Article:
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I told Flanagan that the ideas he was talking about reminded me of Y: The Last Man, the classic Vertigo comic-book series by Brian K. Vaughan and Pia Guerra that chronicled the story of one hapless dude who wakes up to find he’s the last living human male. “We actually looked at Y: The Last Man a lot, in terms of how they progress the plot,” he replied.

Guideposts for executing the show’s first season came from a variety of other places, too. “I am a big Night of the Living Dead fan,” Flanagan said. “But, with this show, it’s only five days in so you don’t have the time for staples we see in other apocalyptic stories. They’ve haven’t developed communities, factions or commodities and there’s no constant threat of zombies or what-have-you. So we looked at really strange stuff like the Crank movies and Mad Max in terms of keeping the stakes high and moving things at a fast pace.”

“There are some horror elements, especially when you’re talking about the people who use pain to stay awake but I would say [the show] is closer to a thriller,” Flanagan offered. “It can go from very calm to very scary in the blink of an eye. [People] are totally fine and then they’re crashing. There’s always this constant element of tension. They need a constant supply of something that works [to keep them awake] and then certain stimulants stop working.”

Flanagan, who helped write the screenplay for last year’s action/comedy spoof Lazer Team, says Rooster Teeth wants to present an aesthetically brighter, oversaturated sort of end-of-days. “Instead dreary grey/brown tones, we went the opposite way to embrace the delirium and make a much more vibrant, colorful show,” he told me. “We’re shooting it anamorphic, too, so it’s a little strange-looking. Tonally, I think it’s a surprisingly funny show. There’s stuff like Walking Dead and all these shows that take themselves very seriously and that works. But we modeled our tone more on Breaking Bad, where it’s a serious show but there are dark humor elements to it.”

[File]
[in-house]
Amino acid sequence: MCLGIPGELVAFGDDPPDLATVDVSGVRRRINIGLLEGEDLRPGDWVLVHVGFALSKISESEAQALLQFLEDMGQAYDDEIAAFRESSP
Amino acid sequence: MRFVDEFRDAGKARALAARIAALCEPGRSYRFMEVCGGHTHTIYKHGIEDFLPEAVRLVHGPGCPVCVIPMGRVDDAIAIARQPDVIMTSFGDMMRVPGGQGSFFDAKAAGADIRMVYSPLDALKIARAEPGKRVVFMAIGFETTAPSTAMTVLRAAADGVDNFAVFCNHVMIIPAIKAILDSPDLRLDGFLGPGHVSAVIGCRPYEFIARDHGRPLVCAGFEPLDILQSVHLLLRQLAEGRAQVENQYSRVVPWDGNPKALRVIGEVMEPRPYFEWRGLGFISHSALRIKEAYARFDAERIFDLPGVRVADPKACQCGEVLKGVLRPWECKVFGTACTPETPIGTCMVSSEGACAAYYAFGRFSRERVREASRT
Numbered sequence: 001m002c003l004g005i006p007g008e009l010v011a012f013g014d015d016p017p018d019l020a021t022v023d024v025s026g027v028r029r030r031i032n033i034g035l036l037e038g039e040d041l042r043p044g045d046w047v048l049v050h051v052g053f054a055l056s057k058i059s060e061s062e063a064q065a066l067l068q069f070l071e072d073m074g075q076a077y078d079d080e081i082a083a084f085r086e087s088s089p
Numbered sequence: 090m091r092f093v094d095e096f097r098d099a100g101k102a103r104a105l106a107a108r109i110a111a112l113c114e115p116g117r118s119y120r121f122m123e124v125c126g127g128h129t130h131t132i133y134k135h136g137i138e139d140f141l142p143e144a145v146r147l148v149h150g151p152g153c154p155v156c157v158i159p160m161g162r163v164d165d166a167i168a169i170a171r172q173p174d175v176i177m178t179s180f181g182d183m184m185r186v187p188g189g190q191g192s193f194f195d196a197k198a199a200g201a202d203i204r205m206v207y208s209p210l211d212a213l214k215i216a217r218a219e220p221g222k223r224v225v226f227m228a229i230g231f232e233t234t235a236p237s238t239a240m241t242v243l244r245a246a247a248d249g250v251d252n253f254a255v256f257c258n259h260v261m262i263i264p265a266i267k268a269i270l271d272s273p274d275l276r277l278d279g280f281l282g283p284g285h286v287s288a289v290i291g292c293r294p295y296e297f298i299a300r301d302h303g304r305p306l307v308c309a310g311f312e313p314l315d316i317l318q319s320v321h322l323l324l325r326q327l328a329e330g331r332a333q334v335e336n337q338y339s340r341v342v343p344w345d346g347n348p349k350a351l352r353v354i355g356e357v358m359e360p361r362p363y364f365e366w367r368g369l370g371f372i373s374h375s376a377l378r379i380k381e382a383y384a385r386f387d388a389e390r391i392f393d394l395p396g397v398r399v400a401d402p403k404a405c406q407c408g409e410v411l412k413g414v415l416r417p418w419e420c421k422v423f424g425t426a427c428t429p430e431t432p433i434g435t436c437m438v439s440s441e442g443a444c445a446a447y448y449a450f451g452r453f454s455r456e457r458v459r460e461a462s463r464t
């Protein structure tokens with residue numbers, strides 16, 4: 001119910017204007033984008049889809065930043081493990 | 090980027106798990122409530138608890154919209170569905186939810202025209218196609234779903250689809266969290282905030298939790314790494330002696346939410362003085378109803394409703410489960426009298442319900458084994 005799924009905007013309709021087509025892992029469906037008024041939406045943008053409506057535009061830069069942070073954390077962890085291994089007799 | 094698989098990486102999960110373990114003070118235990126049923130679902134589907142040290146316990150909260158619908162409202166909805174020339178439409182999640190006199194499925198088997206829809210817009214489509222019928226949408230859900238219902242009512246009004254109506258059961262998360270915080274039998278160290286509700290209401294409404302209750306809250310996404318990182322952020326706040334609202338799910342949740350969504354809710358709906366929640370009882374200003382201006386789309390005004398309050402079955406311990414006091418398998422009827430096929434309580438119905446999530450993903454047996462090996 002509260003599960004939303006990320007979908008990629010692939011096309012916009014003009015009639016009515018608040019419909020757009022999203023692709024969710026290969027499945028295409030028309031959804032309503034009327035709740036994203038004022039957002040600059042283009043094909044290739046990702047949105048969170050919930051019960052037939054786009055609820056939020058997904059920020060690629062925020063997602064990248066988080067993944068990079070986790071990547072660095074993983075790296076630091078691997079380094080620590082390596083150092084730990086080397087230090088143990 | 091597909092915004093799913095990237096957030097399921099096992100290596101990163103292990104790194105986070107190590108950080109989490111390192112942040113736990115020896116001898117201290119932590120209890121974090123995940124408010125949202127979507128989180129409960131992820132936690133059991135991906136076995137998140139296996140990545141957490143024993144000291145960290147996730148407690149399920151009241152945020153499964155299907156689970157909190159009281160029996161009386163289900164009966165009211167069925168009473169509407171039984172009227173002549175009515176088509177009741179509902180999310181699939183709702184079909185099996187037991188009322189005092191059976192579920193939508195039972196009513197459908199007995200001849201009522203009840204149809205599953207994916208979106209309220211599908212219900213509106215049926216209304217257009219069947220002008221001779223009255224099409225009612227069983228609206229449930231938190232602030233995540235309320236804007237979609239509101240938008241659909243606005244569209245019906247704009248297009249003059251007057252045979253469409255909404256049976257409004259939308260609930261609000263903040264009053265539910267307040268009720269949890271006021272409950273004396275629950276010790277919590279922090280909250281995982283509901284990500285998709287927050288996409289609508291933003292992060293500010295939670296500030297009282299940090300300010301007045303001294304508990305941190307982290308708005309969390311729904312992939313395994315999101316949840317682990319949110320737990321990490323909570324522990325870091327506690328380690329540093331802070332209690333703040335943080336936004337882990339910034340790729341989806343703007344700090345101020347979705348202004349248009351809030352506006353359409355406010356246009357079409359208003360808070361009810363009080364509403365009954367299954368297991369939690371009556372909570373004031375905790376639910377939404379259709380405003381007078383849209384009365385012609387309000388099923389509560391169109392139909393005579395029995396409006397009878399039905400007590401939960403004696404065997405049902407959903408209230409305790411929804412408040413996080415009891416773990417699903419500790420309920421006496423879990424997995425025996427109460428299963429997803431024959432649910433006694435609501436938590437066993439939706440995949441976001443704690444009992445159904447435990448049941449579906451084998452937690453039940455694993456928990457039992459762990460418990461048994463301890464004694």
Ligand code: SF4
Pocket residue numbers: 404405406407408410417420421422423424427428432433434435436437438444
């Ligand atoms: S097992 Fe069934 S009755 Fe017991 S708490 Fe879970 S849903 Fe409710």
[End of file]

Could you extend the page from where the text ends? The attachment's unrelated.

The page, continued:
“All these characters have already been awake for five days when we meet them,” he continued. So you’ll have people who are delirious and hallucinating, which gives us all these cool methods to learn about characters in these surreal sequences.” While there’ll be plenty of over-caffeinated human beings in Day 5, don’t go looking for beasts of any sort. “In most apocalypses, the animals are still hanging out,” Flanagan said. “Ours are dead.” That’s one way to go vegan.

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Day 5’s first six-episode season kicks off this Sunday. I’ve already seen seen the pilot and there’s a lo-fi charm to the proceedings that won me over. In one quiet moment, Sam asks Jake, “You think I’ll ever live long enough to have sex?” The meth-head replies by saying “That is the best life goal that I’ve ever heard and I am going to ensure that you see it through. Or die trying.” That exchange initially reads a cheap goof based on adolescent randiness but it also drives home the sorrowful reality that this teenager has inherited. In episode one, characters were already gobbling down Ritalin, drinking Red Bull like water and taking shots of adrenaline straight to the chest. That kind of over-the-top indulgence would typically be found in the third act climaxes of most apocalypse fiction, but it’s where Day 5 starts.

It feels like Day 5’s manic central premise will give the show the chance to play fast and loose with tone and performance. It can swing from hamminess to abrupt violence to nihilism quickly and without justification because these characters will be living on the sleep-deprived edge of insanity. If it doesn’t scare people off taking naps ever again, Day 5 might be a cult favorite waiting to happen.